Phenox 2: Tokyo-born, Linux-powered programmable drone now debuts on Kickstarter

Phenox 2: Tokyo-born, Linux-powered programmable drone now debuts on Kickstarter

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This guest post was authored by Tokyo-based freelance writer / web designer Kazuyuki Abe. He loves hardware gadgets and an omelet with a filling of ketchup‐seasoned fried rice. See the original story in Japanese.

Phenox is a drone development project from Artificial Intelligence Laboratory, Department of Aeronautics and Astronautics, University of Tokyo. The team recently developed a new version called Phenox 2 and launched a crowdfunding campaign on Kickstarter.

Phenox is a self-driving drone which can recognize its surroundings. The original edition successfully fundraised $23,000 on Kickstarter, selling 30 models to backers in 2014. The crowdfunding campaign this time is for mass-producing Phenox 2, now  upgraded markedly from the original in terms of design and function.

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Two cameras and a range sensor are equipped with the new model, which allows the drone to self-drive based on detecting the current position from captured images through the cameras. It also has a microphone which enables users to let the drone take off by calling its name. Facial recognition is also available with the onboard cameras.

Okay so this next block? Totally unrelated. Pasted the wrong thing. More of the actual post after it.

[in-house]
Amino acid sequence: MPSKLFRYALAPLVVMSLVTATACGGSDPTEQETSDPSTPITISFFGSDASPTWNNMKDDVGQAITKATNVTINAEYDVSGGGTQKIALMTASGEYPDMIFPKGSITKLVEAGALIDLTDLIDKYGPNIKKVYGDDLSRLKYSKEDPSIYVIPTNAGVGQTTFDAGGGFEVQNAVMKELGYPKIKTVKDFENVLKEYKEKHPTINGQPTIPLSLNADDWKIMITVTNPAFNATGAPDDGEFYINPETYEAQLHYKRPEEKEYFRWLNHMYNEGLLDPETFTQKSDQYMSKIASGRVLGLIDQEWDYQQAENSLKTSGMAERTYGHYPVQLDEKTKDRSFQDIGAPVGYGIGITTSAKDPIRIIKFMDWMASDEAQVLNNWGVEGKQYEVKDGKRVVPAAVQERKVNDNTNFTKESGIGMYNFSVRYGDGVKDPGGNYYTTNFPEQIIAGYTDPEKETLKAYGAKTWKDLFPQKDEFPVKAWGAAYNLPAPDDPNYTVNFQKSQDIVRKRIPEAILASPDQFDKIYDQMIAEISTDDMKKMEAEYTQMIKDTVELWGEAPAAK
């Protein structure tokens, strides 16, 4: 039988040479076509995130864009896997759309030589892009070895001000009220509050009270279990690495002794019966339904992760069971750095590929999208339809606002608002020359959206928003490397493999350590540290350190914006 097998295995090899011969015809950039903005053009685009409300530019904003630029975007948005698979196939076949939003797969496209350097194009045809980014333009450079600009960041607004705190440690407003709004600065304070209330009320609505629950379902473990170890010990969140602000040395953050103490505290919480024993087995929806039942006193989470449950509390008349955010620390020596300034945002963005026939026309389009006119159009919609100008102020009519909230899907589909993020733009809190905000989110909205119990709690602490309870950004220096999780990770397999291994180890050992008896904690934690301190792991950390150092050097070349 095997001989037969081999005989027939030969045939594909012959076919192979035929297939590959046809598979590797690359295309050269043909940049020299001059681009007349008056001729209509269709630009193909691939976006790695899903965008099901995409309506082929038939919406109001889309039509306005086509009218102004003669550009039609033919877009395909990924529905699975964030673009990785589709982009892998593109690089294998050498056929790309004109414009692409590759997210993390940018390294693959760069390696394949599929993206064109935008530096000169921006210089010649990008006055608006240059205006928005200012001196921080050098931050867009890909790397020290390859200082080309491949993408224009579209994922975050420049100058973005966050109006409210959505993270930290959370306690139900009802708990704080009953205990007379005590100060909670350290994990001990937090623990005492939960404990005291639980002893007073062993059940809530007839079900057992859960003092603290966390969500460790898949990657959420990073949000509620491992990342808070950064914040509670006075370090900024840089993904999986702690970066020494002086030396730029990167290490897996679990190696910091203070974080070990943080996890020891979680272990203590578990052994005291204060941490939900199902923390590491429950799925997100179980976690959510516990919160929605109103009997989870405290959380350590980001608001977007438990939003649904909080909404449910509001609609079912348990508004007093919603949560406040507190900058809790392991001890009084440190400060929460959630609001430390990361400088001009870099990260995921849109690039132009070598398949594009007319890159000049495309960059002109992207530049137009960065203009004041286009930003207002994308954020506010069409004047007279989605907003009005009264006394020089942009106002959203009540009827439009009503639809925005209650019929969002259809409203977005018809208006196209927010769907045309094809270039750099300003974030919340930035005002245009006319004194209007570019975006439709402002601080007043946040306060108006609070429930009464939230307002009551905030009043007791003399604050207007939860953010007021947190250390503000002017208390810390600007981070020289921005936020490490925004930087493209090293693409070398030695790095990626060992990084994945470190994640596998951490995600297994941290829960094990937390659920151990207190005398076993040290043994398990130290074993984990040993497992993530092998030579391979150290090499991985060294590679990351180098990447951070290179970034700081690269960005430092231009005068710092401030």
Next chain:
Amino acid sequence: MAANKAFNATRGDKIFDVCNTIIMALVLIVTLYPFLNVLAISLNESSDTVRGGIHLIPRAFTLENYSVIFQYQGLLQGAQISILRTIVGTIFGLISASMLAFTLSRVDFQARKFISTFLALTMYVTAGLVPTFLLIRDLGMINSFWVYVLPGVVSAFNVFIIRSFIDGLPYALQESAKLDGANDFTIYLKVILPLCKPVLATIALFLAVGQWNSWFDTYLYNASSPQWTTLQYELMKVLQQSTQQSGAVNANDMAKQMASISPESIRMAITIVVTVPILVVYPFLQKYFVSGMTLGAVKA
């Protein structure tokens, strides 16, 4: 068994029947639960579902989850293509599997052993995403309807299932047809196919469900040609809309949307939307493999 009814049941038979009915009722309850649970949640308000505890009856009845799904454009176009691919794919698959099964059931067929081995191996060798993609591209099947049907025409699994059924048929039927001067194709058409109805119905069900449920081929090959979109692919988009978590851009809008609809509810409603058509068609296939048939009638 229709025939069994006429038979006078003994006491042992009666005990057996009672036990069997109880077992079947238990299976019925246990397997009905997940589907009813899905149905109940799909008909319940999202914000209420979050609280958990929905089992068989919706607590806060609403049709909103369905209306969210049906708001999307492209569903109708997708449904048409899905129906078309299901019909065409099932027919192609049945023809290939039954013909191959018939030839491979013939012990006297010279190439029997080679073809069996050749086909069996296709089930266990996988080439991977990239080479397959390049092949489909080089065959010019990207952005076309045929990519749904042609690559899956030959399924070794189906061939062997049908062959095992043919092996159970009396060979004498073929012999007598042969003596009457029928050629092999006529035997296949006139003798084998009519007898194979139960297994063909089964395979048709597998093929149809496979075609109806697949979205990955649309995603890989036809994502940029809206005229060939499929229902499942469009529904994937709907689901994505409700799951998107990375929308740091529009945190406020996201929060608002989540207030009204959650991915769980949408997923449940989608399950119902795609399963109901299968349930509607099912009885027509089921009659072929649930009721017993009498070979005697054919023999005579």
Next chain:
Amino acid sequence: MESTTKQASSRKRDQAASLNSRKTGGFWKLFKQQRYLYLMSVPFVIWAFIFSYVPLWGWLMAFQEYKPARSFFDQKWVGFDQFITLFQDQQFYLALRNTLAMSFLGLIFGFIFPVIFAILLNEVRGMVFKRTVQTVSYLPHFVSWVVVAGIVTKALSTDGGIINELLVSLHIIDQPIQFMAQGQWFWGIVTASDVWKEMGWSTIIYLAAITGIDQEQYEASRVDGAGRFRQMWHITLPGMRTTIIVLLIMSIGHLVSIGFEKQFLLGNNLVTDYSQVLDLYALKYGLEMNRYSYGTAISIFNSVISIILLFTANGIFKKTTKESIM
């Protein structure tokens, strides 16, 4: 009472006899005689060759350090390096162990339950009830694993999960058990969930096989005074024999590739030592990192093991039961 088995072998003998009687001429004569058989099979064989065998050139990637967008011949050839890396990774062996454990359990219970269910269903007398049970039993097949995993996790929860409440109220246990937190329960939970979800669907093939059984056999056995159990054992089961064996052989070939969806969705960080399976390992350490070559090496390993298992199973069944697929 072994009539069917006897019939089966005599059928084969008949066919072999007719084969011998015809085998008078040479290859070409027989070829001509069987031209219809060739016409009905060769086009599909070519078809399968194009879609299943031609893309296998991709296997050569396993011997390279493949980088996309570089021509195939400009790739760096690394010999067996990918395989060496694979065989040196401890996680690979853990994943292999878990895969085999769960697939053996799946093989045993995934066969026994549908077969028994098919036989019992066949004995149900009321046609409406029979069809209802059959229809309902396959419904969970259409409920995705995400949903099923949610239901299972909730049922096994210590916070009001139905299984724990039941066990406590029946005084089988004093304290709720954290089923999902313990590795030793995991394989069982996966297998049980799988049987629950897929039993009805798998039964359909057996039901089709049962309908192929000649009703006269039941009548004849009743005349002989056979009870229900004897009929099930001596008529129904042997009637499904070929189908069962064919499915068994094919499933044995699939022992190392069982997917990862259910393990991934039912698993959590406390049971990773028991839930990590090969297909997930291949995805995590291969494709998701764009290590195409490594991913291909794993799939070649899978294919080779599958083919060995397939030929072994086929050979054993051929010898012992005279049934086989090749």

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Compared to the previous model, Phenox 2 has more sophisticated designs and is downsized, weighing only 65 grams. A Wi-Fi module onboard enables to broadcast a real-time aerial video to internet. Since Phenox 2 is Linux-powered, developers can code their program on it so that the drone can also work as an aerial platform for your apps.

An assembled model of Phenox 2 is available by pledging more than $840 on this Kickstarter campaign. If you intend to embed Phenox 2 with your robotics environment, a Phenox 2 mainboard comprising of Wi-Fi module, operating system, camera board, and communication board is available by pledging more than $520. Shipping is expected to start from this October.

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From the left: Kensho Miyoshi, Ryo Konomura (Artificial Intelligence Laboratory, University of Tokyo)

Translated by Masaru Ikeda
Edited by “Tex” Pomeroy